It’s a date! The beginnings of cancer survivorship and its importance today
I’ll bet your calendar is full of significant dates, each with special meanings. From year to year we march through religious observances, patriotic celebrations, birthdays of those we love, and our own (I make sure no one in my family forgets that one!). As survivors, we often add the dates relevant to our cancer experiences, too: the date of our diagnosis, surgeries, or end of treatment. Well, it’s time to haul out your calendars; there are two more dates to add, and they’re responsible for the stellar lives we’ve been gifted.
But first a little back story. I’m a nonfiction writer by profession, a biographer to be precise, requiring a lot of research. As I’m sure it was for each of you, my diagnosis of breast cancer 10 years ago took my breath away. And it halted the writing of my book-in-progress. A mastectomy and 18 rounds of chemo became my focus. When it was all over, I was shocked that the old Judy didn’t jump out of the chemo cake. My joint pain, night sweats, and fatigue were completely unexpected. Suddenly — and alarmingly — I couldn’t concentrate on writing. So I concentrated on researching survivorship.
I discovered sister survivors who were doing amazing work, using their gifts of life and experience to improve the world around them. By helping others, they were healing themselves. That in turn lead me to found a small nonprofit, A 2nd Act, which supports women survivors of all cancers who are giving back to the greater good. And because of A 2nd Act, I met the woman whose story became the inspiration of my next book. Side note: here comes the part where you need your calendars!
Prior to the 1970s, only 40 percent of those diagnosed with cancer survived to the magical 5-year mark. That changed 50 years ago when President Richard Nixon was introduced to a bill making its way through Congress regarding cancer research. Hoping it would help him win the next election, Nixon signed the National Cancer Act on December 23, 1971, the first new date to add to your calendar. It was the same year I graduated from high school, 40 years before cancer became part of my personal story. The act funneled an unprecedented $1.3 billion ($8.4 billion today) into research. Suddenly, the world’s most feared disease was becoming survivable. My treatment, and probably yours, came about as a result of those research dollars.
But survivors’ lives then were very different from ours today. Humans had learned that deadly diseases were always contagious, so cancer was naturally included. Imagine having to hide your diagnosis for fear you could lose your job and your insurance (if you had any). Imagine being served on disposable plates at parties. Imagine your children being shunned by their friends’ parents out of the concern that they, too, carried your cancer germs. Newly discovered treatments were creating greater survivorship numbers, but what was the point of surviving if you were forced to live in the shadows as a social pariah?
Fifteen years later, 23 individuals came together not to cure cancer, but to destroy the myths. All had a connection to the disease, either as survivors, medical personnel, or support group founders, and they would no longer be silent. The woman I met through A 2nd Act was one of those founding members.
They defined survivorship as beginning at diagnosis, as that’s when we begin surviving the disease. And it continues through the balance of life, they said, no matter the length, no matter the re-diagnoses. By the end of that weekend, the National Coalition for Cancer Survivorship was born, along with the survivorship movement. That makes October 26, 1986, the second date to add to your calendar.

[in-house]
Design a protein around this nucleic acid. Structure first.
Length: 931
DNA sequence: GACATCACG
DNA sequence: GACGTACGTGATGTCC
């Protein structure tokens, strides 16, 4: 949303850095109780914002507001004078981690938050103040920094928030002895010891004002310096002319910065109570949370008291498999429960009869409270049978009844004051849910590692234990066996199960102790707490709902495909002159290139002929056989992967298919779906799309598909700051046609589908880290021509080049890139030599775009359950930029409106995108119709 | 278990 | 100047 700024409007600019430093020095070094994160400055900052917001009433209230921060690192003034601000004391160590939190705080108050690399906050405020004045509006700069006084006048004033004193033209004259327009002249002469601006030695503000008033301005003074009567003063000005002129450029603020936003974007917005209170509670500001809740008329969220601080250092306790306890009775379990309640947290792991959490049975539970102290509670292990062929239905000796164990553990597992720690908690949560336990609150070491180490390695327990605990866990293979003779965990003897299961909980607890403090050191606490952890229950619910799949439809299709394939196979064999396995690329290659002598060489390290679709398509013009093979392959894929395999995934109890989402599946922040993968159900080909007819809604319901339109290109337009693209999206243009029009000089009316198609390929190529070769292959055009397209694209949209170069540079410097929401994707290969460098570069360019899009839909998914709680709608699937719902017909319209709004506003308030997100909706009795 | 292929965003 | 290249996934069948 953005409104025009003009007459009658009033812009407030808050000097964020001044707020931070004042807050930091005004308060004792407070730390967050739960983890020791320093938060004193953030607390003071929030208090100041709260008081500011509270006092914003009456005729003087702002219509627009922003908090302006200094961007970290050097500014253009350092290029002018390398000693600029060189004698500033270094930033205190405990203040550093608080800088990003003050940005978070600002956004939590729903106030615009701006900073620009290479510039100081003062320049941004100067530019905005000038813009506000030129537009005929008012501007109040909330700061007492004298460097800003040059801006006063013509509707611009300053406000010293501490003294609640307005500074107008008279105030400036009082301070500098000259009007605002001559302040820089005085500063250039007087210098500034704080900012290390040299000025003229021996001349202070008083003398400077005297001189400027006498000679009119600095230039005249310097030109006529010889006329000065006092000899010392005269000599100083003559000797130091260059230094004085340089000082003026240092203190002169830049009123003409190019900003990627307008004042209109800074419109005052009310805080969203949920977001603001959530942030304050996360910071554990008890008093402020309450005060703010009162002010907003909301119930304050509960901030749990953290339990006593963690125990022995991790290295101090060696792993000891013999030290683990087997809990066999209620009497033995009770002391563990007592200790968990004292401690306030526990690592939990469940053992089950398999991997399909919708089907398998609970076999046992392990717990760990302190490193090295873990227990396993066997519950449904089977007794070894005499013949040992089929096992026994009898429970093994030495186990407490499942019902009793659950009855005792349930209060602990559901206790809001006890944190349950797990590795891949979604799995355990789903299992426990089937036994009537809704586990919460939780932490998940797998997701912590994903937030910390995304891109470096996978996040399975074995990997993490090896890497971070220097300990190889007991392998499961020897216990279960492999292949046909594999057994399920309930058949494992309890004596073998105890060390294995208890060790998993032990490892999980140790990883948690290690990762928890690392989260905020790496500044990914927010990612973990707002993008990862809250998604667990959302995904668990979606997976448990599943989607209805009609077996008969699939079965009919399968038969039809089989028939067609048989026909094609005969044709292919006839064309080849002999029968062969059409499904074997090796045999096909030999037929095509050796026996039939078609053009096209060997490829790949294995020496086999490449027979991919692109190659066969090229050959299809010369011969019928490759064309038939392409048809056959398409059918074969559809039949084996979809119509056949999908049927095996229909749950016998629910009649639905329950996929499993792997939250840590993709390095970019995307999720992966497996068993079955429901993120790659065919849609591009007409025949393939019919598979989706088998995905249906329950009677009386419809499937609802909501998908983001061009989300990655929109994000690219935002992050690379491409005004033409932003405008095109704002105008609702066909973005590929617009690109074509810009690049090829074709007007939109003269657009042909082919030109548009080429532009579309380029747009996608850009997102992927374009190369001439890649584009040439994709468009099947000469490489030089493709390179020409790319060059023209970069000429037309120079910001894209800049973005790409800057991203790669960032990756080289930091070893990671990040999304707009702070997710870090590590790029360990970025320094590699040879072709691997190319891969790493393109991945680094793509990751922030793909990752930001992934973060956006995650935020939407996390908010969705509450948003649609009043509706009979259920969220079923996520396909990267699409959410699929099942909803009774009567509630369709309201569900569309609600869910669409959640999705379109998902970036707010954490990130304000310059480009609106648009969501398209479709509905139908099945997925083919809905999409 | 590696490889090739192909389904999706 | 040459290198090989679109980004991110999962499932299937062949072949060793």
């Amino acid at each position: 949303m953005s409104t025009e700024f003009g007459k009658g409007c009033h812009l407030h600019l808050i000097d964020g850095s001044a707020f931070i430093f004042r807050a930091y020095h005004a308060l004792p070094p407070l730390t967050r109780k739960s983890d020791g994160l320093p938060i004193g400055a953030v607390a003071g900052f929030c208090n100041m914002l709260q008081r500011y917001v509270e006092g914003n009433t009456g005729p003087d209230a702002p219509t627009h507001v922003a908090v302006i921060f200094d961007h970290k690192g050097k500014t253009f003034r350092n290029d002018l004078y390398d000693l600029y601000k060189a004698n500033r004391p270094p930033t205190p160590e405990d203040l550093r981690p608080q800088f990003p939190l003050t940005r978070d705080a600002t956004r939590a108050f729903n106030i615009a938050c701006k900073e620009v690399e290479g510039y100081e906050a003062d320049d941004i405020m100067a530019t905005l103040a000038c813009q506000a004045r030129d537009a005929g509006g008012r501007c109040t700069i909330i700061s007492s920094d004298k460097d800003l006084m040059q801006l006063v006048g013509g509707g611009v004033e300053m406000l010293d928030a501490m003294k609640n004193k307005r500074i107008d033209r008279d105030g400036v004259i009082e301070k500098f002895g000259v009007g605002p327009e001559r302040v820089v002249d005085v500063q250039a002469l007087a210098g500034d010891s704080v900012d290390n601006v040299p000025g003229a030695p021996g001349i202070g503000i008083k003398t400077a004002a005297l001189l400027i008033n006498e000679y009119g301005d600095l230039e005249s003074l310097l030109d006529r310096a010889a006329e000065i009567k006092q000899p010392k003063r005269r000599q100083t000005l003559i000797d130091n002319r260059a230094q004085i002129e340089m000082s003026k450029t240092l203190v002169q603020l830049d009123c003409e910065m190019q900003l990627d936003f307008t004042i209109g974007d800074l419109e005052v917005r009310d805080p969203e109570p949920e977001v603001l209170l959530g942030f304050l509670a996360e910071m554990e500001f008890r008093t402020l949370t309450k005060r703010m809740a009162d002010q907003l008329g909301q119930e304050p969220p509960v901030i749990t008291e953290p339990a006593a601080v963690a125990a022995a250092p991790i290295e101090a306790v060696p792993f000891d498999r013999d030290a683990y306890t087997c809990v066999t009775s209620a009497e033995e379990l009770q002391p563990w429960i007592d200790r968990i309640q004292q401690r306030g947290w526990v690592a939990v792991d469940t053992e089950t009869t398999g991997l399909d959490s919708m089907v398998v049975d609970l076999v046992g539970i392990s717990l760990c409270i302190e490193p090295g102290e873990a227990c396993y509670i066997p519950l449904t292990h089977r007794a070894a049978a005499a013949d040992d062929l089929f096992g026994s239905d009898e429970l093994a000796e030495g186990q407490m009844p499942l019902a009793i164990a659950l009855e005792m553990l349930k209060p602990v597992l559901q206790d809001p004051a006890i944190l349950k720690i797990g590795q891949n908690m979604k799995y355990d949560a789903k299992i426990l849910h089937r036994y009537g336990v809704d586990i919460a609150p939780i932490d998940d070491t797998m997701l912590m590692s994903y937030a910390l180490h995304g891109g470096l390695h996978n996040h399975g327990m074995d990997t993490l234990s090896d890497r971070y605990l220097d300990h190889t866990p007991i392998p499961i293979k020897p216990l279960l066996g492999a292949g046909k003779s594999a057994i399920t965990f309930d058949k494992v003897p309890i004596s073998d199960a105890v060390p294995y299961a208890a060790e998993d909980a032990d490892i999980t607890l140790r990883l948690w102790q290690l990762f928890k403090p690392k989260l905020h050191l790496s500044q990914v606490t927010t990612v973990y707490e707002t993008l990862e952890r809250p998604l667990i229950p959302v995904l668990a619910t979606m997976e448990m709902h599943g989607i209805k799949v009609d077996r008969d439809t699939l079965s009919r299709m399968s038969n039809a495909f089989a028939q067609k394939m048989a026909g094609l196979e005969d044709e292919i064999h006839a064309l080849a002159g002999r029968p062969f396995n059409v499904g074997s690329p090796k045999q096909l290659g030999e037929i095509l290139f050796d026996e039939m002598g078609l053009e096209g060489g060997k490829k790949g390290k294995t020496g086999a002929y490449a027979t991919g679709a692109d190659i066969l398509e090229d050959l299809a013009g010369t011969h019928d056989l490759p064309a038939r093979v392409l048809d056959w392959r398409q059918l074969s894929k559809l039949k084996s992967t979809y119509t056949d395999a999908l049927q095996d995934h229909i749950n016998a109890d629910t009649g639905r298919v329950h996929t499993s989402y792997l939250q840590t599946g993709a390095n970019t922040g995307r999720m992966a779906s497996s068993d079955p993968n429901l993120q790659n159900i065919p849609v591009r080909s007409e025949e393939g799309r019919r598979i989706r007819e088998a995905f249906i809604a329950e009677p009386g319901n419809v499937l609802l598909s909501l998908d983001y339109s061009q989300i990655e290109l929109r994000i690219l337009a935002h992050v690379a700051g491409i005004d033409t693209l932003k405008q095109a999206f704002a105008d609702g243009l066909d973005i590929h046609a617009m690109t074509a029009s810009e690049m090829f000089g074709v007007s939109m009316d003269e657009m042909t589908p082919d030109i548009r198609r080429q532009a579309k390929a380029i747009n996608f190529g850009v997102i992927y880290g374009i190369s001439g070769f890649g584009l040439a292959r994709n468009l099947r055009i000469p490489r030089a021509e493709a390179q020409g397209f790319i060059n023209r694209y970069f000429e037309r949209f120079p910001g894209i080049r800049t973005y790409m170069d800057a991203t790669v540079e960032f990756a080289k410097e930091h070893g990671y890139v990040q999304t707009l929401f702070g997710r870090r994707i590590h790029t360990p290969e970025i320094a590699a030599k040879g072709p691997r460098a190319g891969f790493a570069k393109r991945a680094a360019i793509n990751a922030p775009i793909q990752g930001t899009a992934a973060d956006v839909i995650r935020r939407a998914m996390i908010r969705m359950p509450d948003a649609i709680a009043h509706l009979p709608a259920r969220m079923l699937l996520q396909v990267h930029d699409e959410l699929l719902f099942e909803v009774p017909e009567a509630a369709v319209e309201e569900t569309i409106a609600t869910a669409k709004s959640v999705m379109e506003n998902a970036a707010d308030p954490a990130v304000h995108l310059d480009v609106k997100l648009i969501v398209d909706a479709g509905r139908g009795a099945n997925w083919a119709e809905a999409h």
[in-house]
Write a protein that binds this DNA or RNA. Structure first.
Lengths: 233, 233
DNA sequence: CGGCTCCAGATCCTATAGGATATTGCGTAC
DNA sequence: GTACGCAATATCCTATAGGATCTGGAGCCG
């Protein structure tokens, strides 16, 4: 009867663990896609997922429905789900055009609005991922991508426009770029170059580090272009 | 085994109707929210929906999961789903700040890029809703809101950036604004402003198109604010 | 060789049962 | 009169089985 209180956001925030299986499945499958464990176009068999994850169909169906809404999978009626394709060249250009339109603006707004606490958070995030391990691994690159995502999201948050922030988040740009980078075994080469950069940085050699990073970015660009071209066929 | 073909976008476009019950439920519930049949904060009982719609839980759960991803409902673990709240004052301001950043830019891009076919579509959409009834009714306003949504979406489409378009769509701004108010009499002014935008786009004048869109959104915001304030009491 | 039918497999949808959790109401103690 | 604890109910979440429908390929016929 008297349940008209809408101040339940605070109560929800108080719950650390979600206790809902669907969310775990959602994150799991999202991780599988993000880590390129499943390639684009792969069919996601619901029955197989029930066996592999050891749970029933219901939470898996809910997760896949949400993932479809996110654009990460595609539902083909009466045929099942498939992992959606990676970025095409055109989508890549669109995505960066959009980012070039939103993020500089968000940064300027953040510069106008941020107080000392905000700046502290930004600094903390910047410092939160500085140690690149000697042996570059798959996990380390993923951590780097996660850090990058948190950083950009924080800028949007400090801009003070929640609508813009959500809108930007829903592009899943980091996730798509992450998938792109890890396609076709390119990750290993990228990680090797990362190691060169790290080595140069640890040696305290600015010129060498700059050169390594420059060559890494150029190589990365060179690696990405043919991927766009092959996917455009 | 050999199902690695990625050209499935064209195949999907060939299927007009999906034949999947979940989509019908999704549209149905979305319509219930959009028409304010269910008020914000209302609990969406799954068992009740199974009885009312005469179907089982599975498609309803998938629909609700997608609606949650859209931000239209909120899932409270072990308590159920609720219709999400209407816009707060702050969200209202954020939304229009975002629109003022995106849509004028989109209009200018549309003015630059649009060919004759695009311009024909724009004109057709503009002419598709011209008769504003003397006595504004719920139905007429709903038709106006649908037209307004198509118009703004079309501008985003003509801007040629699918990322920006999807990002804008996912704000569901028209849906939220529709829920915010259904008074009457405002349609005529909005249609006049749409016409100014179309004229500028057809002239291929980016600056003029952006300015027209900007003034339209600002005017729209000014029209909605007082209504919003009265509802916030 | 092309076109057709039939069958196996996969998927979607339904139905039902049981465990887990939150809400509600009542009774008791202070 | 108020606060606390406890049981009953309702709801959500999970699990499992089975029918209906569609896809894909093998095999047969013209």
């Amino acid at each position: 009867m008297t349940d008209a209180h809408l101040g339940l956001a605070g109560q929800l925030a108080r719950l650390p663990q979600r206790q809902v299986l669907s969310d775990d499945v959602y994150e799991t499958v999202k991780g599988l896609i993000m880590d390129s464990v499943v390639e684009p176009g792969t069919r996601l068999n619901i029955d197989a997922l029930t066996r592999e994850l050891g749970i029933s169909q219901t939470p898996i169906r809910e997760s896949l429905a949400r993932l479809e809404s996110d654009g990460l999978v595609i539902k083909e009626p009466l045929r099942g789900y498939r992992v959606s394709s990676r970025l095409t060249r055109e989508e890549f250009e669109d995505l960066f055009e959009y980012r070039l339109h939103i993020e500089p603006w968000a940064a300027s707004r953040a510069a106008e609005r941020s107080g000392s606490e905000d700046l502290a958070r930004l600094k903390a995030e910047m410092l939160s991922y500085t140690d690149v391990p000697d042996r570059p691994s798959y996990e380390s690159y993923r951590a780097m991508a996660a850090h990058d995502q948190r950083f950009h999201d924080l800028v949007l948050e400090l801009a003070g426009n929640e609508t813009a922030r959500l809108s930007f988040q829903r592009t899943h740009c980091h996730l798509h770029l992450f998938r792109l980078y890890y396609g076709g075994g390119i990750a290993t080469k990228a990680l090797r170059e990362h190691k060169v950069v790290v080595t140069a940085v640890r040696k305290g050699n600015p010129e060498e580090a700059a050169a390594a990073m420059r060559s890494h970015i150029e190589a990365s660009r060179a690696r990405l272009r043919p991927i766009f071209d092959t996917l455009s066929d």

The work that NCCS — and all of the fabulous advocacy organizations, like LBBC — has accomplished since its founding has allowed us, the cancer survivors, to come out of the shadows. While it began as a grassroots advocacy group, NCCS has grown to national prominence. Their work changed laws to prevent discrimination because of a cancer history, busting the contagion myth once and for all. Their voices have made certain that survivorship is added to the cancer continuum and that survivors’ ongoing physical and emotional challenges be seen as a chronic condition and covered by insurance. They have also brought the unique physical and emotional challenges of the metastatic cancer community to public consciousness, which in turn further informs the direction of treatment research.
I wrote From Shadows to Life: A Biography of the Cancer Survivorship Movement to bring the work of those intrepid pioneers to light, to give us all new reasons to celebrate our lives. Equally important, I wanted to encourage my fellow survivors to pick up the mantle of the survivorship movement. Those at the beginning launched and nurtured it; those of us diagnosed since have reaped the rewards. The work — and the movement — can only continue with each of us doing what we’re able, no matter the size or scope.
My personal path still amazes me: an author who gets cancer, starts a little organization, meets an amazingly courageous and inspiring woman, and writes our joint history. I plan to celebrate my two new dates this year, and for years to come. I hope you’ll join me!
Judith Pearson is an awarding-winning author and a seasoned presenter. After writing about courageous WWII-era individuals, From Shadows to Life: A Biography of the Cancer Survivorship Movement is her fourth book. She and her husband live at the foot of the Phoenix Mountain Preserve, making one another laugh every day. Learn more about her at judithlpearson.com. And follow her at @JudithPWrites on Instagram and Twitter and Judith Pearson Martens on Facebook.